My grandma was the best. When I think back to my childhood, she was always there and took pride in being a present grandma. I don’t remember that she was super fit, but she was definitely active: As a kid, I never worried about whether she could keep up — it was just a given she would — and the adventures we took together created great memories. Now, I wonder what her regimen was when we weren’t around: How did she stay healthy for us?
Now, I’m a mom, and I see how much my grandma’s values are instilled in my mom. It’s so important for her to be with her grandkids, though she has to drive 1,000 miles instead of 5 miles to be with us. She spent the first six months of my return-to-work from maternity leave watching over my daughter. At 62, she was bouncing, chasing, lifting, rocking (in a car seat), swinging — essentially the everyday functional necessities of caring for a baby.
And just like when I was a kid with my grandma, when I left in the morning, I didn’t question if she’d keep up — it was a given because I was depending on her.
Through the years, I’ve seen my mom try many different workouts, which always had a social dynamic to them. When I was growing up, for instance, we attended Jazzercise (an aerobic studio dance class) together. Over time, she discovered a love of outdoor walking, which was made even better if it meant meeting up with her friends to walk and catch up.
When I began working at Life Time, she took the advice of a good friend and joined the Mason, Ohio, club. She jumped right into the Aqua classes and found a great fit with a low-impact water workout that challenged her in a fun community.
Then the pandemic hit and shook up life for my parents: They moved two hours away to be closer to family, but it took them farther from my mom’s everyday friends and her Life Time community. She put her membership on hold and, like many of us, became more sedentary.
Soon after, she sustained a knee injury, that doctors advised addressing with surgery; she opted for physical therapy instead. Despite that support, my mom was fearful of a return to an active routine and fell into a workout rut. My dad and I really wanted to see her back in action — not just for the physical benefits, but also because of the social benefits that come with the activities she enjoys.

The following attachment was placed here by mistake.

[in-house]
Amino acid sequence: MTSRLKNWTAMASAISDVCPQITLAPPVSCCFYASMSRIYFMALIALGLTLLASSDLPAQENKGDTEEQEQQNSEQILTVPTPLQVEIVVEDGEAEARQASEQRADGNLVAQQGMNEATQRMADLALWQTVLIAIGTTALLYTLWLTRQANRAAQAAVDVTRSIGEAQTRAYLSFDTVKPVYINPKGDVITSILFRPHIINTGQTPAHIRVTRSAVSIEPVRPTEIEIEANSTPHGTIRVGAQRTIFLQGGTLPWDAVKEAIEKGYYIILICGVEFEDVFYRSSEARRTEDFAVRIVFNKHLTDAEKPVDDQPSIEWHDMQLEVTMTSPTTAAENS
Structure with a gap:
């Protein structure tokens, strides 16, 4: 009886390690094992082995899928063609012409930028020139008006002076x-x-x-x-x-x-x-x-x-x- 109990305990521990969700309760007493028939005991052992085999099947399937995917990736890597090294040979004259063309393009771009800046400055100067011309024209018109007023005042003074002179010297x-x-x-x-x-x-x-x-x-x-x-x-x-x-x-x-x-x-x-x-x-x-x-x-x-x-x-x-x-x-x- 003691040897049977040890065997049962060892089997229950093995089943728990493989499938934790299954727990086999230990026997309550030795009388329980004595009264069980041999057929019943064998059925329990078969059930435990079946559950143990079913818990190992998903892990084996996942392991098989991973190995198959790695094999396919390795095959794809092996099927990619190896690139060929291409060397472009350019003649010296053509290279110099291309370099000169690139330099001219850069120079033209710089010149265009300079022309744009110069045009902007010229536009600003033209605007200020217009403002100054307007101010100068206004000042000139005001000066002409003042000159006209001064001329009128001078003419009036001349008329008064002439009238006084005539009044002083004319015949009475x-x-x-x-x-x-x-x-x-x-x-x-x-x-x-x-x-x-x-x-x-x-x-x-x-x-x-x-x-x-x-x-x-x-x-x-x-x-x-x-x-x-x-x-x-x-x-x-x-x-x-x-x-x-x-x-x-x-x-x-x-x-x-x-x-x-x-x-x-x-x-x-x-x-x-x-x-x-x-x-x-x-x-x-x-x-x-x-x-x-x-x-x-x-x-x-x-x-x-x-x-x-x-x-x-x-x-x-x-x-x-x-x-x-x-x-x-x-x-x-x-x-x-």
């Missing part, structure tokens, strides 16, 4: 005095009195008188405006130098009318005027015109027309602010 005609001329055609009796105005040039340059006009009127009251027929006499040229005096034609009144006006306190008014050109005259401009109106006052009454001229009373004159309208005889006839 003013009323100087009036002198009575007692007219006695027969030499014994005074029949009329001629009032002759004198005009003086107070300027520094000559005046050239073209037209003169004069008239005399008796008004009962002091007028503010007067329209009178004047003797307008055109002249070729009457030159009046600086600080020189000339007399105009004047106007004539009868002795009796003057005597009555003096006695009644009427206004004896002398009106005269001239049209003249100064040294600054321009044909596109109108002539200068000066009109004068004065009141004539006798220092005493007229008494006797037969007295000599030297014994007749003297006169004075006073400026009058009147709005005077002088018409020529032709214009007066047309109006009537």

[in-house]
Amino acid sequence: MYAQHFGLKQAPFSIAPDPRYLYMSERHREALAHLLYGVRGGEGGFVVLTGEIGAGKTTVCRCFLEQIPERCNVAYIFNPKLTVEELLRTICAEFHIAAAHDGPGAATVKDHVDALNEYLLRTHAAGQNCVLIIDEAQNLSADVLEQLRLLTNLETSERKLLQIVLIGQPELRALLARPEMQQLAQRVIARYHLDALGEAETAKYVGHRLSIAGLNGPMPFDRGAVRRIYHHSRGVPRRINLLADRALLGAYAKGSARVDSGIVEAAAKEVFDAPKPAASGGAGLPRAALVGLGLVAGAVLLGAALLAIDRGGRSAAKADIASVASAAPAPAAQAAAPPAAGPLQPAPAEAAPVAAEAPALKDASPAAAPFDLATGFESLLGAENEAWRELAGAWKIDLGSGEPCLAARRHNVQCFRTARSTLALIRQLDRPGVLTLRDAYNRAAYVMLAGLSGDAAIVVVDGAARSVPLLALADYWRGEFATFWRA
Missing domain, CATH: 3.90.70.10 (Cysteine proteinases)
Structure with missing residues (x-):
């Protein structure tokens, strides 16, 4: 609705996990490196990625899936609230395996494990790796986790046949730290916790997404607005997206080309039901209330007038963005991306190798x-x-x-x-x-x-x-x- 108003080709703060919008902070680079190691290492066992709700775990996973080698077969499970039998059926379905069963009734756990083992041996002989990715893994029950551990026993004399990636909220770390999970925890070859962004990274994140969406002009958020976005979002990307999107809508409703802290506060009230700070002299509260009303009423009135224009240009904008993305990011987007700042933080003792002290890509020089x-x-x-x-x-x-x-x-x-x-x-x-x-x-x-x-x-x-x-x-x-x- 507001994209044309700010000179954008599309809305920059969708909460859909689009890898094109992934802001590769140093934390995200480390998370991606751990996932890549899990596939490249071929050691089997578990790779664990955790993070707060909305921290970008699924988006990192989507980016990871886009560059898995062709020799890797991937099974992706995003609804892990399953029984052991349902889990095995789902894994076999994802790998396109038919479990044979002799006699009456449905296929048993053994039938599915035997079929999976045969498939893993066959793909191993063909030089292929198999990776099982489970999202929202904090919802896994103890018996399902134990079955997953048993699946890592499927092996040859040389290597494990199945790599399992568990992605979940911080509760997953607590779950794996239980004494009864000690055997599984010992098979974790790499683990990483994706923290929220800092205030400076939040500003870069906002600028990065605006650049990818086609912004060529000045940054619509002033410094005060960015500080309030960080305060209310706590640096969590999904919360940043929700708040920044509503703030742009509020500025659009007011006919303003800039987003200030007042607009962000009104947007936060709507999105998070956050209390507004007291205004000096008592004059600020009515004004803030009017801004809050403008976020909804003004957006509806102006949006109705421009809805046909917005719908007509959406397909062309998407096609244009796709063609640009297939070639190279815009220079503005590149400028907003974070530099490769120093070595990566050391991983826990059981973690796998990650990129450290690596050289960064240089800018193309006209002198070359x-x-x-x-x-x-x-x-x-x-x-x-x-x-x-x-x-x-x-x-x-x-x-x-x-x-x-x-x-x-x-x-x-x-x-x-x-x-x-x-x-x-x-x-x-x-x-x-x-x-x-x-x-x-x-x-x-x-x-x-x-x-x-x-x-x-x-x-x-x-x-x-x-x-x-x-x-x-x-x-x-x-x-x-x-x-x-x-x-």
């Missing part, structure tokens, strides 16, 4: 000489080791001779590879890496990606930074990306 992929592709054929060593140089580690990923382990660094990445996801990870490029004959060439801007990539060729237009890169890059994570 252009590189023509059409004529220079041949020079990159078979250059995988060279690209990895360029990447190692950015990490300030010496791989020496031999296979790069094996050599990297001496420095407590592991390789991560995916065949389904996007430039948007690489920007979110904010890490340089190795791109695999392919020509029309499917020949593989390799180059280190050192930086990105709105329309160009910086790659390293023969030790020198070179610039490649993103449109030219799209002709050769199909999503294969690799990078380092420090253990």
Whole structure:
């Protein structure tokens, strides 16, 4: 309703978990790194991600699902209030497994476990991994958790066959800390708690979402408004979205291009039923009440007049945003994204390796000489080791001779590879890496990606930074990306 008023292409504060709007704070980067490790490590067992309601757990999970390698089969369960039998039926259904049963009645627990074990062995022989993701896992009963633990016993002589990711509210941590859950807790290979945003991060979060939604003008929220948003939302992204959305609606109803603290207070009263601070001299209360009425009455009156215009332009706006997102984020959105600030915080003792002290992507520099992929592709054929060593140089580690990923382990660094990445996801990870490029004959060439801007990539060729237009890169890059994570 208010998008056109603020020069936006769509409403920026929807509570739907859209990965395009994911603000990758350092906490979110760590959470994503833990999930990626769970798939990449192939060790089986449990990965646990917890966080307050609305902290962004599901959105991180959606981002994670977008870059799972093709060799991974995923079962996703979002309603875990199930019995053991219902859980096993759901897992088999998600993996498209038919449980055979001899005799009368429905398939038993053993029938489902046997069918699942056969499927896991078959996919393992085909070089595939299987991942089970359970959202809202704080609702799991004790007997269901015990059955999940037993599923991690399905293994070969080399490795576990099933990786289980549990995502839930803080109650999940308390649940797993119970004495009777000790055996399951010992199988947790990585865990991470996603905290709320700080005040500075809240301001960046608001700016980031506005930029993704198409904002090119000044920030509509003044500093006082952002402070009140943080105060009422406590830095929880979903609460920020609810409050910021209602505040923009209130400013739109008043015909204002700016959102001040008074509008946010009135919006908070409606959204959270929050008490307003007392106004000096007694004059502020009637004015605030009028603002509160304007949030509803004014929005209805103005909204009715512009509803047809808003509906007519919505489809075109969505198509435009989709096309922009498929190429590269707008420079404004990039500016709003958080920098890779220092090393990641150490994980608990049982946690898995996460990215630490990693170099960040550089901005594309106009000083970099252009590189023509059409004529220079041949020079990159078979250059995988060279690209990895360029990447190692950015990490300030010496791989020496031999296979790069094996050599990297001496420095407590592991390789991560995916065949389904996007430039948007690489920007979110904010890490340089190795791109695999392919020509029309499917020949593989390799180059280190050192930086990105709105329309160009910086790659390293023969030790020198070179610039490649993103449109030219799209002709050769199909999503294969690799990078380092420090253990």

Eventually, she talked to her doctor and with encouragement from all of us, decided to return to Life Time. She joined the Dublin club in Columbus, and though she knew nobody, she returned to her class of choice in Aqua.
Did it matter that she knew no one? Not a bit! While it was initially intimidating for my mom to attend by herself, she quickly met Lynn (now her favorite instructor) and a loyal, enthusiastic community that welcomed her.
My mom is committed to staying active through this format multiple times a week; she has also found her favorite instructor, Peggy, in Minnesota clubs, so she can keep her routine up when she visits us. Her knee injury ultimately wasn’t a setback to building back the strength and cardio endurance she needs.
My dad is so proud of how she has reprioritized her health, and she has made new friends who she looks forward to seeing every week.
I’ll admit, I have worked at Life Time for years and I truly had no idea this fantastic Aqua community existed until recently. I’ve now attended Aqua classes with my mom and across multiple clubs — and they are amazing workouts among even greater company.
My mom has found her community, her class, her place, all of which supports not only her physical well-being, but her emotional and social health, too. I feel so grateful that she has all of this — and can only hope that others also discover how Life Time and, more recently, ARORA, can help people of all ages move, connect, and feel their best.
More importantly, like my grandma did for me, my mom is setting an amazing example of health, wellness, active living, and presence for my kids. I’m so fortunate and proud to follow in both of their footsteps.